BANGLADESH: The Rohingya refugee crisis is worsening daily with the UN announcing Thursday that 500,000 from the Muslim minority have now fled to Bangladesh since late August, overwhelming camps short of food, water and shelter.
Here are five key dates in the crisis: Early on August 25, hundreds of Rohinyga militants stage coordinated attacks on 30 police posts in Myanmar’s westernmost state of Rakhine. At least 12 police are killed.
The Myanmar army hits back fast and hard with “clearance operations” in Rohingya villages. It says it is trying to flush out insurgents from the Arakan Rohingya Salvation Army (ARSA).
But witnesses tell of Rohingya civilians being massacred in retaliation, with mortars and machine guns fired at villagers fleeing to the Bangladesh border.
The crackdown sparks an exodus from Rohingya villages, which are soon burning so fiercely the flames and smoke are visible from Bangladesh.
Within 11 days of the attacks, more than 120,000 Rohingya have flooded into Bangladesh, overwhelming the handful of ill-equipped refugee camps around Cox’s Bazar.
Many arrive desperate for food and water after walking for more than a week over hills and through dense jungle. Some need urgent treatment for bullet wounds and machete gashes.
Bangladesh already houses at least 300,000 Rohingya in camps near the border. The fresh influx creates a dire shortage of food, clean water and shelter.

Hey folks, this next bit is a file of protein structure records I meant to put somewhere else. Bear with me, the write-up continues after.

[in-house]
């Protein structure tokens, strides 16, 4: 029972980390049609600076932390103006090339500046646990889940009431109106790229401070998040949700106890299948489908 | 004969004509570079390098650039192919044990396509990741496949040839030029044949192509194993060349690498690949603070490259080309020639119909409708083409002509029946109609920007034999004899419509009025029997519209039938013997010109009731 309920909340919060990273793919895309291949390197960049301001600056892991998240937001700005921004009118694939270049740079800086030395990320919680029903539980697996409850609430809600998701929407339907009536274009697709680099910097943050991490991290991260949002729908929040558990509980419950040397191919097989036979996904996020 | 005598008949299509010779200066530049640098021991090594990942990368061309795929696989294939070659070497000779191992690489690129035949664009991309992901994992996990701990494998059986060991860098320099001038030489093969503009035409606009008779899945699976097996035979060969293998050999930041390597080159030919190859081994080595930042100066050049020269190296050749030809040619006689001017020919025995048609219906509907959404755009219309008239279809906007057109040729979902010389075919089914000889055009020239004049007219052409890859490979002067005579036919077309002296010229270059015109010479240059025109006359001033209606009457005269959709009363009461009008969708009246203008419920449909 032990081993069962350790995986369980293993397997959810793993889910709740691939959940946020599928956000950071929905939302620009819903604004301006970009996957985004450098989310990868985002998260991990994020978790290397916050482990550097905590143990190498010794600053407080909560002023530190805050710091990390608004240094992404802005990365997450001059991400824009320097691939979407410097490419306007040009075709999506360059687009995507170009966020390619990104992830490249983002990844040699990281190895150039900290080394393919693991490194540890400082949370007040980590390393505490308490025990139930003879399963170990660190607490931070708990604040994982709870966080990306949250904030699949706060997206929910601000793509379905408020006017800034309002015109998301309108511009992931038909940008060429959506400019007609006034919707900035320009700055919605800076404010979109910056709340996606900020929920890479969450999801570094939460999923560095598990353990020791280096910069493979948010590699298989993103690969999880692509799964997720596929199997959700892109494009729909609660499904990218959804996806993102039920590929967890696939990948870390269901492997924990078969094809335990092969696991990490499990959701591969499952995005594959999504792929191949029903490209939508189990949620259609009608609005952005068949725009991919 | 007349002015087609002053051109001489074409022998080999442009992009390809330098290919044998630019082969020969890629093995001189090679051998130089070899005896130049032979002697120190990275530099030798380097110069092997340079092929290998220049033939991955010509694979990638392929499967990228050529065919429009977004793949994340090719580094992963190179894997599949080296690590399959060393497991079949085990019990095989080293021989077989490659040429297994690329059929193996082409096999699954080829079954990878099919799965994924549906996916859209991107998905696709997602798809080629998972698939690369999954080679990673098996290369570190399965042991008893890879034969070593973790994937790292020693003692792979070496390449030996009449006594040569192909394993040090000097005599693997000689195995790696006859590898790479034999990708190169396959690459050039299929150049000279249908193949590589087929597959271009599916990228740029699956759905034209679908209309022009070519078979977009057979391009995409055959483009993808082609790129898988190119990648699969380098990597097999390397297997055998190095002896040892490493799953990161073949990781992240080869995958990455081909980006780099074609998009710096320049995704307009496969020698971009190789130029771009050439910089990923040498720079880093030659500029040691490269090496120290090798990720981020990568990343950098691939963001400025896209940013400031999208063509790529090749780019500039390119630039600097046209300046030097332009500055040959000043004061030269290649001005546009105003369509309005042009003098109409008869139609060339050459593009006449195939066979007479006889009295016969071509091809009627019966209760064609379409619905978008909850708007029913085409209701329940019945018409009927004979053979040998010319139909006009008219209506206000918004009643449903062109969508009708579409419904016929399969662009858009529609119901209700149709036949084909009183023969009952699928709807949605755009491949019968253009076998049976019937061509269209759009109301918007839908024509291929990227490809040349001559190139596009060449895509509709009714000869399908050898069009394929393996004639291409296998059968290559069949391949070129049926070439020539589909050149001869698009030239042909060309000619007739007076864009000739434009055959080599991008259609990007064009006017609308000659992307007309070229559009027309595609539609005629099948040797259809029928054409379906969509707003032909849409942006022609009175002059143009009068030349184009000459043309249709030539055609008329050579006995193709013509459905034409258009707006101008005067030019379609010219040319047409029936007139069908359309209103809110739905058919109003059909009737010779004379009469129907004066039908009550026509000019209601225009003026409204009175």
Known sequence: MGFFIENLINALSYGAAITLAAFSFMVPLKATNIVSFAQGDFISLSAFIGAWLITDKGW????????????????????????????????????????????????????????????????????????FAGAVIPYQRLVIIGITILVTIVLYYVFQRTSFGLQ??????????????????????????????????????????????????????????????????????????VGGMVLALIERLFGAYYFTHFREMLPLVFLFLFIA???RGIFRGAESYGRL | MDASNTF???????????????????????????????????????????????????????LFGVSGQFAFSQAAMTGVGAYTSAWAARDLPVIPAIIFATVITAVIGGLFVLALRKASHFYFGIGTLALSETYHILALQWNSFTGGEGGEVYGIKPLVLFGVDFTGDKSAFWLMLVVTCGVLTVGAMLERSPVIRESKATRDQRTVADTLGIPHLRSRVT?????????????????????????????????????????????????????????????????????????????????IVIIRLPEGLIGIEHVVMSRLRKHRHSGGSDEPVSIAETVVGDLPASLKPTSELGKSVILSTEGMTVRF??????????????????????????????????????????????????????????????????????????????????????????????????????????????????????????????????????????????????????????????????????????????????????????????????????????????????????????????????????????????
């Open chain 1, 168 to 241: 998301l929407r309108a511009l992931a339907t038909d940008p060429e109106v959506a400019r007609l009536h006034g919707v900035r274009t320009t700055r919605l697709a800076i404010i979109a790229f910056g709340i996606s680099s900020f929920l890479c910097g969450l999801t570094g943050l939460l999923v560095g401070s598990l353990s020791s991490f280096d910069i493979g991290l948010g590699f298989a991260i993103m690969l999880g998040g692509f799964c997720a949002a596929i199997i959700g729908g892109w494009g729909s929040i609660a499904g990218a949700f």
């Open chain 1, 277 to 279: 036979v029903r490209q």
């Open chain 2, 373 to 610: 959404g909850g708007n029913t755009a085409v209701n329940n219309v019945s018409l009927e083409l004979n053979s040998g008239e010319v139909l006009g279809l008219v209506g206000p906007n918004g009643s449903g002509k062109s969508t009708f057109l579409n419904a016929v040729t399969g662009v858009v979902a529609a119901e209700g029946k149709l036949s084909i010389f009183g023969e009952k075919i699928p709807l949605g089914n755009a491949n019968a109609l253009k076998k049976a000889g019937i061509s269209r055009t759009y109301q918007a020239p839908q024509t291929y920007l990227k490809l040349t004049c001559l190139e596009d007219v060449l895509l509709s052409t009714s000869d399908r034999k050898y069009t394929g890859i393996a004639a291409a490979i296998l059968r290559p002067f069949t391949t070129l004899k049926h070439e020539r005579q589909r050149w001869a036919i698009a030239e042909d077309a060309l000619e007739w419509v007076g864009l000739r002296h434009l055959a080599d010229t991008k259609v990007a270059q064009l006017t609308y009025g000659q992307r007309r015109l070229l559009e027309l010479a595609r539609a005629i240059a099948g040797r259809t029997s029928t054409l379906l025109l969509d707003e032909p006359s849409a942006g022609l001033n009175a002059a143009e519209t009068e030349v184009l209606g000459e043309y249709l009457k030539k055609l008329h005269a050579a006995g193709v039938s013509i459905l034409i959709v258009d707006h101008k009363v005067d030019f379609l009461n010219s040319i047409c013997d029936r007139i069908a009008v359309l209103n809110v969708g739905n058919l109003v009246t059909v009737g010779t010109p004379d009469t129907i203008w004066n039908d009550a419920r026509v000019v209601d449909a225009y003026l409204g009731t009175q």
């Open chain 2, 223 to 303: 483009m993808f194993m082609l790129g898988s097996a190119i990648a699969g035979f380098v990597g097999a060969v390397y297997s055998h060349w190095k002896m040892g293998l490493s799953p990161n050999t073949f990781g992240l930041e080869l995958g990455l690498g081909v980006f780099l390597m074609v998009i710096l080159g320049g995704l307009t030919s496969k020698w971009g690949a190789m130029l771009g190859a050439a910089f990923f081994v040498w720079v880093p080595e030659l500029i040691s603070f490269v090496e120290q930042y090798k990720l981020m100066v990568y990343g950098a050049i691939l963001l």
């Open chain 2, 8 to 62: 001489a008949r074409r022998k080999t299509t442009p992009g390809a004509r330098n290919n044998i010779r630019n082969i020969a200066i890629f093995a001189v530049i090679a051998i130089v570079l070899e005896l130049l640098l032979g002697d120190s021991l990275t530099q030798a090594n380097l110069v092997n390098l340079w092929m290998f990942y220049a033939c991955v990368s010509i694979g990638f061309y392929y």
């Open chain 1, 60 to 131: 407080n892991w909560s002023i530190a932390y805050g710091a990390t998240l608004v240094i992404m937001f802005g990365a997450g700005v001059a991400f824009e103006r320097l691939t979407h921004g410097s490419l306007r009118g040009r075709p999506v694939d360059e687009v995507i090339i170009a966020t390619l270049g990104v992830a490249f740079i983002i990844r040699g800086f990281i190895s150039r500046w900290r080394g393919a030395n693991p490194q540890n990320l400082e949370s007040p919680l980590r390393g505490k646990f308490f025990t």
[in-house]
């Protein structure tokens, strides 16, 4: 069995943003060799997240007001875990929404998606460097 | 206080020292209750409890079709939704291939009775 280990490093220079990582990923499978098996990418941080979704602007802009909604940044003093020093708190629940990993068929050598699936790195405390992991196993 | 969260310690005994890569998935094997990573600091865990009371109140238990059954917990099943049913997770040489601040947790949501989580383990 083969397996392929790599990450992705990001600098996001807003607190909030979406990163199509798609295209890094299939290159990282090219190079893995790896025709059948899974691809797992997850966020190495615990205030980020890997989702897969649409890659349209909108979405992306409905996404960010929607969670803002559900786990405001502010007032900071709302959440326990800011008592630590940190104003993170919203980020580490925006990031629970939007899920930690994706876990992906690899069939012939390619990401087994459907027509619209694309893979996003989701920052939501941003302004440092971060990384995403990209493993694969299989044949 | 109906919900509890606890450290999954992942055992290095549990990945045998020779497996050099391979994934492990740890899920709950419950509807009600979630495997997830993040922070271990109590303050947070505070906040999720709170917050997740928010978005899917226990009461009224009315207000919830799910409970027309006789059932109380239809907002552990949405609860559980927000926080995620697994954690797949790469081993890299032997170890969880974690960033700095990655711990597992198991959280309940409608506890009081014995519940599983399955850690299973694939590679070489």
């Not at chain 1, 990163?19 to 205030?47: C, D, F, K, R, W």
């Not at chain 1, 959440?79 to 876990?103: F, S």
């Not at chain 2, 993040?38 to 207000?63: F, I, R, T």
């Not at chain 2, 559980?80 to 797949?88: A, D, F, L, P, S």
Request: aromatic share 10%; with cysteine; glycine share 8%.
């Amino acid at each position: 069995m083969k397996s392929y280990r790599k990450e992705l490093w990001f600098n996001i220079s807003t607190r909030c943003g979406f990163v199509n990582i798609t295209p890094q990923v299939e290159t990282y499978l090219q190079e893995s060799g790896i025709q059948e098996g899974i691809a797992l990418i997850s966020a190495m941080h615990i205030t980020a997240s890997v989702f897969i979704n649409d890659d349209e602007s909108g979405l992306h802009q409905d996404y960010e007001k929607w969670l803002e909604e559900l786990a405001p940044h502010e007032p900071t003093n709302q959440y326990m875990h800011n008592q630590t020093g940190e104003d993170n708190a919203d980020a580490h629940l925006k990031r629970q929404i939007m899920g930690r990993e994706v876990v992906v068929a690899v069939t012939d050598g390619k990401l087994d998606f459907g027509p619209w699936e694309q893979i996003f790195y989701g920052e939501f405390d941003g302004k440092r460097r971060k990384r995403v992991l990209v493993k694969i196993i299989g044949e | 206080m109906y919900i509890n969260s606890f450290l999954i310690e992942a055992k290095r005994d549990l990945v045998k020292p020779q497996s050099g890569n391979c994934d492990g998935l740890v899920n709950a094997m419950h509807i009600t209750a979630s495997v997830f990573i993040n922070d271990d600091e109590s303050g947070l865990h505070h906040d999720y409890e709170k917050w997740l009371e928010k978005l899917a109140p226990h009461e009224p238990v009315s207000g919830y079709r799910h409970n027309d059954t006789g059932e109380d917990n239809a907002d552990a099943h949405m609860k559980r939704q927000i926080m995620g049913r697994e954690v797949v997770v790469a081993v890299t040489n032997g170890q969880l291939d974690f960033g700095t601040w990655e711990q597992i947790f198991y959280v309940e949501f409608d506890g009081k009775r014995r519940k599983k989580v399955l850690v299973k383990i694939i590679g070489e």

Myanmar’s de facto leader Aung San Suu Kyi, under increasing international pressure, says a “huge iceberg of misinformation” is distorting the global picture of events in Rakhine.
In her first comments since the August 25 attacks, Suu Kyi says fake news is “calculated to create a lot of problems between different communities” and to promote “the interest of the terrorists”.
But fellow Nobel Peace Prize laureates Malala Yousafzai and Desmond Tutu criticise Suu Kyi. Hundreds of thousands sign a Change.org petition demanding the Nobel committee withdraw her award but it refuses.
As the crisis worsens, UN human rights chief Zeid Ra’ad Al Hussein says Myanmar’s systematic attacks bear the hallmarks of a “textbook example of ethnic cleansing”.
Rights groups warn of a final push by the army and Buddhist mobs to drive the stateless Rohingya from Myanmar for good.
Landmines claim more victims, with three Rohingya killed in a blast while fleeing Myanmar.
The Myanmar military flies journalists to the place where the mass graves of 45 Hindu villagers, including many women and children, were discovered, as a search effort for dozens more continues. ARSA denied any involvement in the killings which were revealed as the humanitarian crisis spiralled on both sides of the Myanmar-Bangladesh border.
In the Bangladesh camps, aid groups said they had seen thousands of cases of child malnutrition amid shortages of food, water and medicines that is claiming a growing toll among the Rohingya.